- Aperture: For portraits with an out of focus background, you will want to go with a large aperture between f/1.4 – f/2.8 – f/5.6 This effect is called a “shallow” or “thin” depth of field. For group portraits and portraits where the background is as important as the subject go with a small aperture such as f/8.0 – f/9.0 – f/16 or even further.
- ISO: Setting your ISO to the lowest possible setting helps reduce noise. Depending on your lighting conditions, set your ISO to between 100 and 400 this will only work if you are shooting outdoors in daylight and indoors in studio lights. For taking portraits outdoors at night and indoors in low-light conditions you will have to increase the ISO. I recommend reading one my article of my free online photography guide which is solely dedicated to low-light conditions. Click here to read it.
2. Camera Mode
The camera mode I recommend is aperture-priority mode or manual mode for portrait photography. Especially if you are a beginner, aperture-priority mode is the best option for you if you are still not unable to use camera fully in manual mode.
3. Camera Focus Settings
The camera focus settings for a beginner photographer I recommend is One-Shot AF (Canon)/AF-S (Nikon), which represent single-focus capability. In this mode, when you depress the shutter release halfway, the camera focuses on the subject. The best option is to use manual focus mode if you can.
4. Metering Mode
If you are placing your subject at the centre of your frame I would suggest using Center-weighted Metering Mode and if you are taking group portrait I would suggest using Matrix Metering also known as Evaluative Metering.
Again remember that there is no such things as best camera settings. You can use this provided information as a guideline or reference and adjust it according to your needs.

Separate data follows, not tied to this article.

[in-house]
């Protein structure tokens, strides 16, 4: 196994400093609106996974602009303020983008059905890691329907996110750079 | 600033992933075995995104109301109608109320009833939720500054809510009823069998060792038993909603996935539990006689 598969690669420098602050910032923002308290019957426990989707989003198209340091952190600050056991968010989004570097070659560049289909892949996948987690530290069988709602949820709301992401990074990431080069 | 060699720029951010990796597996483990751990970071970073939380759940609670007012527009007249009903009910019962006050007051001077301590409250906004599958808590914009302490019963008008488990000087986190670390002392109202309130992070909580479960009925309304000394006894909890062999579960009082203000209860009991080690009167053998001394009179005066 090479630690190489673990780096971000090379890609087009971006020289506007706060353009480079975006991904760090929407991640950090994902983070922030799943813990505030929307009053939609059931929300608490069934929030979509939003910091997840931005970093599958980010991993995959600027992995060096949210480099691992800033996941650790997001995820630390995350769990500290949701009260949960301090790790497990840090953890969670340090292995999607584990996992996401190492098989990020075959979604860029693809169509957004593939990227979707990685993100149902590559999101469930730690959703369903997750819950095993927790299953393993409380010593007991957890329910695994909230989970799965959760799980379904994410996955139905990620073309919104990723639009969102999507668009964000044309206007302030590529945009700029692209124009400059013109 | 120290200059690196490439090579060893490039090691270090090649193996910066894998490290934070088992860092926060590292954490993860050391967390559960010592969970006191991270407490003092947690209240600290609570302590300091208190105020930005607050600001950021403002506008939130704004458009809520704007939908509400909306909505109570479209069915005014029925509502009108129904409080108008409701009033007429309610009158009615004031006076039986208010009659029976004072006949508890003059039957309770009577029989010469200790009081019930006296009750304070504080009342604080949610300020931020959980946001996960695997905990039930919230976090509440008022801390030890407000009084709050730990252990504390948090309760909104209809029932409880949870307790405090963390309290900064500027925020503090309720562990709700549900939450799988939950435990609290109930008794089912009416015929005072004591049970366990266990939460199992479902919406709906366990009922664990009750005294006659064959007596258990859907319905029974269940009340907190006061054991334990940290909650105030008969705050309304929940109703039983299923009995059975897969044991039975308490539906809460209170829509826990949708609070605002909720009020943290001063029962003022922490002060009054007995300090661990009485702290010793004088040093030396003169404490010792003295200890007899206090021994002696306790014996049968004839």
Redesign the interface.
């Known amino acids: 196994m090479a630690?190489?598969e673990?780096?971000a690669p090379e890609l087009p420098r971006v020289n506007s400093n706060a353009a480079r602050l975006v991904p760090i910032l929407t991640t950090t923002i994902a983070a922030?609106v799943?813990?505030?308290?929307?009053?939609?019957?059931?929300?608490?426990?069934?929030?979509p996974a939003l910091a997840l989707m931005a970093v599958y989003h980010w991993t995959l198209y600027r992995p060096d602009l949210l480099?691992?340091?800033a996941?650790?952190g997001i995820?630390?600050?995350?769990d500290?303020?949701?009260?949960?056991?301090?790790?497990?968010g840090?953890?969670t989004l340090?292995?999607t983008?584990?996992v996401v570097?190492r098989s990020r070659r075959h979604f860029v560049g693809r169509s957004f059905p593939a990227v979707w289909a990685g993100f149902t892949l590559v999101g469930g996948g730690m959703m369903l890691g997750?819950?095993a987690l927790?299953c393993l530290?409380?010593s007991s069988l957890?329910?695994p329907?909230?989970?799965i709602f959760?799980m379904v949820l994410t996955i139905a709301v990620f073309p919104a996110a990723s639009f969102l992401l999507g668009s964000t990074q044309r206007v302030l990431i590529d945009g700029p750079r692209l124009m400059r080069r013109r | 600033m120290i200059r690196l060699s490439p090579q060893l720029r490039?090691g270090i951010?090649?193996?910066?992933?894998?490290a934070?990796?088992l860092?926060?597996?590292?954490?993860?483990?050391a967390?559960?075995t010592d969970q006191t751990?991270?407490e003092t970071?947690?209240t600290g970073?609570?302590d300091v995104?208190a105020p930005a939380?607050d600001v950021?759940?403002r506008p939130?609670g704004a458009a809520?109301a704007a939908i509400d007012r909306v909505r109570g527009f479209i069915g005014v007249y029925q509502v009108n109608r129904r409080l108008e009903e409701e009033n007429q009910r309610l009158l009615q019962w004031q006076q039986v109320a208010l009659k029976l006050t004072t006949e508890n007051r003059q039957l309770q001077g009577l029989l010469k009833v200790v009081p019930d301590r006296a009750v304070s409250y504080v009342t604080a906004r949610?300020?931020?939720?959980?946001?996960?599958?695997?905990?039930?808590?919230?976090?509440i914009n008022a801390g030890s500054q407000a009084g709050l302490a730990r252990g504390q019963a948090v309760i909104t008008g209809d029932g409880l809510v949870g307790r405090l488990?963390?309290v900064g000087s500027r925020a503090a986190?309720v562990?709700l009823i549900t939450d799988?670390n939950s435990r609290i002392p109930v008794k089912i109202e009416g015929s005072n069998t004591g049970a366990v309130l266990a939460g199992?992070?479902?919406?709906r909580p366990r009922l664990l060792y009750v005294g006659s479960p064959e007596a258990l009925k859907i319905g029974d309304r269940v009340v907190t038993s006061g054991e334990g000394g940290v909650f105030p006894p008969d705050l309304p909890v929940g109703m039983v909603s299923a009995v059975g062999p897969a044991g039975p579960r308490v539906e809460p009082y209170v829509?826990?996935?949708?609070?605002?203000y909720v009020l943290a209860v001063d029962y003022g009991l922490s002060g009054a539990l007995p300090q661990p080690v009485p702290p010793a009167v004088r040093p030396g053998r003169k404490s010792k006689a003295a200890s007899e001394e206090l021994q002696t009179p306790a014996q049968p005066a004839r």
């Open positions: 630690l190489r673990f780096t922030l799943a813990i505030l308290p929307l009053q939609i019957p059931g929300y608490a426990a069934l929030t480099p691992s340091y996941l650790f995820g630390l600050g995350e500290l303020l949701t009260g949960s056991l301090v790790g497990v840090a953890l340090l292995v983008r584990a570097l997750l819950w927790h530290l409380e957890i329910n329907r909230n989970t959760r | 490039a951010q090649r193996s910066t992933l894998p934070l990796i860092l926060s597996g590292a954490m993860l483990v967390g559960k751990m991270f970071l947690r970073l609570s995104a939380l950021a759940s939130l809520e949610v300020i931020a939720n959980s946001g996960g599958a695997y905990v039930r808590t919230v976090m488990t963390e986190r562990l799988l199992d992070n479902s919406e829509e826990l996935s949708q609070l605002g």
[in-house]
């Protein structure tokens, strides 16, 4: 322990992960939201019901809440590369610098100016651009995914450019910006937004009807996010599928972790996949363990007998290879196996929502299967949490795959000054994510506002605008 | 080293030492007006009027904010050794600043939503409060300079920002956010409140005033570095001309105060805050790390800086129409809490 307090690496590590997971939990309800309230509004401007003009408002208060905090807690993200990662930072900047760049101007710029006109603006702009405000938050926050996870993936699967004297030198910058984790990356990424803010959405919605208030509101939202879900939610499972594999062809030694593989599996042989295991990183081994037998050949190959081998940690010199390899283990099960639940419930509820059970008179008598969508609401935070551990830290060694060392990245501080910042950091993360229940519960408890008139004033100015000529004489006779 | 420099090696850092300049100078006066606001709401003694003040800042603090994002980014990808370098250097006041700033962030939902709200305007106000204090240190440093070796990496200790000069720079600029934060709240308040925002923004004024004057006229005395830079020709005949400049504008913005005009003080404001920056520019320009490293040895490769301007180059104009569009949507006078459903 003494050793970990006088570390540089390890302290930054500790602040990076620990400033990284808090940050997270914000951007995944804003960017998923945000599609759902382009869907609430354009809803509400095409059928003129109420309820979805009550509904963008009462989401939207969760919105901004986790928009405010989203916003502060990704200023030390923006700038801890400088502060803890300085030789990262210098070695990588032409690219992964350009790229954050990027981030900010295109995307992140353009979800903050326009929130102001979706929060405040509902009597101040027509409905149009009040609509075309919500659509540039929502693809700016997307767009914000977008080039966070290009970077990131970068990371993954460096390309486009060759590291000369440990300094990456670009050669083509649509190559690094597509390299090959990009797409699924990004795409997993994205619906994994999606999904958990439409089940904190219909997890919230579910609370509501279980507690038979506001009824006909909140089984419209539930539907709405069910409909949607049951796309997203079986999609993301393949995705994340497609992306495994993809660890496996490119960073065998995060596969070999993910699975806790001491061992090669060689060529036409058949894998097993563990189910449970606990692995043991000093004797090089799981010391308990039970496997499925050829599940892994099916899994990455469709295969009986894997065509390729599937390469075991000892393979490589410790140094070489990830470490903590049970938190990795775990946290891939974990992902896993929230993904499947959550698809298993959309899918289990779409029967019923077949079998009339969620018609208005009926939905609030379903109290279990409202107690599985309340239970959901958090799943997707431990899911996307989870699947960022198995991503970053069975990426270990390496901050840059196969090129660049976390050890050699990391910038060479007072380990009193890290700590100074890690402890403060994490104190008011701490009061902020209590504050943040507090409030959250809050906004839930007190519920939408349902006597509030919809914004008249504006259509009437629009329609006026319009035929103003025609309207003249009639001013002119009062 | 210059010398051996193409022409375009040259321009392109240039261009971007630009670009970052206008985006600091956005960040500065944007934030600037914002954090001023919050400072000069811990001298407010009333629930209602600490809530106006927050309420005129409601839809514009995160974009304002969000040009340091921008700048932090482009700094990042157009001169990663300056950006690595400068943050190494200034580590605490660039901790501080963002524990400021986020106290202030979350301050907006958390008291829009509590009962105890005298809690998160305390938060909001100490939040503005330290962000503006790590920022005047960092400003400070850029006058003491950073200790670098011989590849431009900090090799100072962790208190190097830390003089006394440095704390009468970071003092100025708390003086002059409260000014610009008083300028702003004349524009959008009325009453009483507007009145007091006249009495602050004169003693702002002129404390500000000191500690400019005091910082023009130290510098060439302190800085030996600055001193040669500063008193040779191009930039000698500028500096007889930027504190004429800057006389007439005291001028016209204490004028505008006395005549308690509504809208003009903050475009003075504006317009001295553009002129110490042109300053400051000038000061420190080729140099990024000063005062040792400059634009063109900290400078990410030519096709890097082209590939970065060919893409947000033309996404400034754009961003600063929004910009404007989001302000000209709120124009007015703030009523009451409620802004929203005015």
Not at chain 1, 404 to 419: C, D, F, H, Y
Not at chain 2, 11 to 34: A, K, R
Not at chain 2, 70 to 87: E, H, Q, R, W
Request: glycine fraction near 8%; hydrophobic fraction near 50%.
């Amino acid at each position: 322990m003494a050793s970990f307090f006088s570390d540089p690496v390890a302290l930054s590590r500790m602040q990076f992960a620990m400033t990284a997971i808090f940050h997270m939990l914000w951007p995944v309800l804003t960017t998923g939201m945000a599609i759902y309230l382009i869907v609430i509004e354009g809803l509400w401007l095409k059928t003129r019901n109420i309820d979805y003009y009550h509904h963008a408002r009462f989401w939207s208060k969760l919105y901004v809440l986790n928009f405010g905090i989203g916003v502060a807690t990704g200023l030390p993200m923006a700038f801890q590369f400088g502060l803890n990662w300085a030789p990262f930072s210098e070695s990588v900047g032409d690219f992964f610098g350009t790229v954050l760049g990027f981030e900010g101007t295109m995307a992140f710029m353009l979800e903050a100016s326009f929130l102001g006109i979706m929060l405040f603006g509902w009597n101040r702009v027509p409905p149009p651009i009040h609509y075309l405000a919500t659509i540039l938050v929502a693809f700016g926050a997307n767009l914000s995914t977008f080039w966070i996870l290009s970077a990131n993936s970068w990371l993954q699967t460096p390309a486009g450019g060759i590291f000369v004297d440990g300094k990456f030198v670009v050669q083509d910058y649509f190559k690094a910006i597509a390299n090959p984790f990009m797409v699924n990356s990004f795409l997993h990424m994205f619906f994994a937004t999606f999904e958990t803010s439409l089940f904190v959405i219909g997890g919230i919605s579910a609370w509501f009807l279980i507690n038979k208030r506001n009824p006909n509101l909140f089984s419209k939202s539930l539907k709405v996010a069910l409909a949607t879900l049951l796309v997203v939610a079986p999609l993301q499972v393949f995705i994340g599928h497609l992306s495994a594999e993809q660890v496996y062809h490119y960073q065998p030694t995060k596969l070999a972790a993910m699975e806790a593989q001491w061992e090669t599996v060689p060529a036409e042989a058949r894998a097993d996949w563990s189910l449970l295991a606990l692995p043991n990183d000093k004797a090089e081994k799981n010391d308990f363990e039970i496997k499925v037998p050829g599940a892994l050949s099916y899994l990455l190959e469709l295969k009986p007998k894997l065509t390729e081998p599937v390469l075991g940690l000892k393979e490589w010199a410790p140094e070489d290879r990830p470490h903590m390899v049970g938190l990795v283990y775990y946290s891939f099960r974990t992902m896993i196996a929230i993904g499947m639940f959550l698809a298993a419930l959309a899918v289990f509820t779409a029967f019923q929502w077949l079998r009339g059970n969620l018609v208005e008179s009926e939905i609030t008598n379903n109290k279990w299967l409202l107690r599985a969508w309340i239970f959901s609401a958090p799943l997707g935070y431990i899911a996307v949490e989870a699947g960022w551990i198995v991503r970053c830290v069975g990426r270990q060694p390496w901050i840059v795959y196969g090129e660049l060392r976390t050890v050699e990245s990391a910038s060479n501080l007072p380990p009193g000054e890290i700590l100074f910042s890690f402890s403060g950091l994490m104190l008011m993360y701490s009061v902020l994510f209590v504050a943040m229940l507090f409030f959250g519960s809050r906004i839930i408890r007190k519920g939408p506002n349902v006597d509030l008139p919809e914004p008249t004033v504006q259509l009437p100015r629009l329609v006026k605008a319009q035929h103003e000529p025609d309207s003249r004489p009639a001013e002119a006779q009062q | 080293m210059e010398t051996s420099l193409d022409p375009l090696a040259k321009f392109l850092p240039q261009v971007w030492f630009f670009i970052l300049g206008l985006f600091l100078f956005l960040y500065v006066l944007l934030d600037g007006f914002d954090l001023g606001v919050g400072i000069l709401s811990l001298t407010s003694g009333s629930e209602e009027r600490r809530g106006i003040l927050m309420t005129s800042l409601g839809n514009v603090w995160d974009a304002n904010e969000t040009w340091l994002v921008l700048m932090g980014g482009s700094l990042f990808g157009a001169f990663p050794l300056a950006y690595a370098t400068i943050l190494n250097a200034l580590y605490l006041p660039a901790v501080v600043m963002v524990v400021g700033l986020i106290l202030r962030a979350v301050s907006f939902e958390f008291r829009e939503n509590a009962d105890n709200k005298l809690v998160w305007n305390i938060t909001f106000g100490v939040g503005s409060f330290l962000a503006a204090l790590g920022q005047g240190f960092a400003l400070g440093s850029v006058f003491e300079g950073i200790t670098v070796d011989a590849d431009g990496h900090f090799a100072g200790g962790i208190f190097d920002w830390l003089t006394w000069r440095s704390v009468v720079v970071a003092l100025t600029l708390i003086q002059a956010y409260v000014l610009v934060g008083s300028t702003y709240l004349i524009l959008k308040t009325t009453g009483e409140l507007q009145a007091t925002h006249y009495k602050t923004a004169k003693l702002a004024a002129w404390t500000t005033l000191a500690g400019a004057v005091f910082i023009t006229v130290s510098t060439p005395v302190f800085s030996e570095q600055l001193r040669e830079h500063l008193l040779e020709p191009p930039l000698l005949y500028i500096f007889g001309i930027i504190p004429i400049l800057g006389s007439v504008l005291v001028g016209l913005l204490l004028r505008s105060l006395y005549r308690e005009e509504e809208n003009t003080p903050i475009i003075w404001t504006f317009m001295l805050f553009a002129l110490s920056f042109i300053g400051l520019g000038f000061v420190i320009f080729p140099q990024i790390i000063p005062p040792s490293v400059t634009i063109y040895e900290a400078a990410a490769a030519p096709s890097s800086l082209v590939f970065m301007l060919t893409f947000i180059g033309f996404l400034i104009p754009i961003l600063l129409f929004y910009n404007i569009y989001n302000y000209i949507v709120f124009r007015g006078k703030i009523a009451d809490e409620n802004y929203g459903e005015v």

4. Make The Model Comfortable
In order for the portrait to look natural and in order to bring out the true personality of your subject, you must make your model comfortable. They must feel at home in order to be free and spontaneous. Make sure you spend some time with your model before starting the shoot to get to know them better and also make them comfortable. You can also just smile and make some jokes or talk about something which interests the model.
5. Try Different Pose, Angles And Positions
Pose and the angle of the body and face play a key role. Looking straight at the camera with motionless expression can be boring. Try to flare up your portraits with some twist. Maybe it is an inviting smile, a sexy expression, a flamboyant look, tilting the chin down or up, turning the head back while walking forward, or sitting and looking up. Experiment with poses and you will get some great portraits.
It is the same with angles, try different angles for each different pose until you find the right one and also remember each pose might require you to change the angle. Positioning the camera high or low while keeping the focus on the eyes brings out interesting features and adds different flavors to the portraits. So make the model sit, stand up, climb up to the stool or ladder or stairs and shoot or you go high, climb up, or position your camera high and shoot. You will have more and more interesting options.
6. Draw Attention To The Subject
This is the most important tip of all. If your subject doesn’t catch the attention of the viewer your portrait is jsut not good enough. When it comes to portrait photography, the general rule of thumb is, the subject is the main event. As such, the individual or people you are photographing should be the focal point in the composition of your images.
Try using different composition for drawing attention to the subject which will ultimately lead to a pleasent and flatering image. The main goal of the portrait itself is to attract attention and highligh the subject. You can also use lighting to achieve this. A good portrait draws attention to the subject and captures their character on film
7. Take A Lot Of Shots
It is always better to take extra shots or to try something and fail rather than regretting it later by thinking “if I would have tried this” or “what if I would have taken this shot from a different angle”. In simple words, shoot as many portraits as you can with as many angles, poses, and expressions from your model as possible. It will not only give you the chance to shortlist some great portraits but it will make your model more comfortable; they will get used to your shooting and it will bring out their true personality. Your portraits will look more natural.
8. Consider Using A Longer Focal Length Lens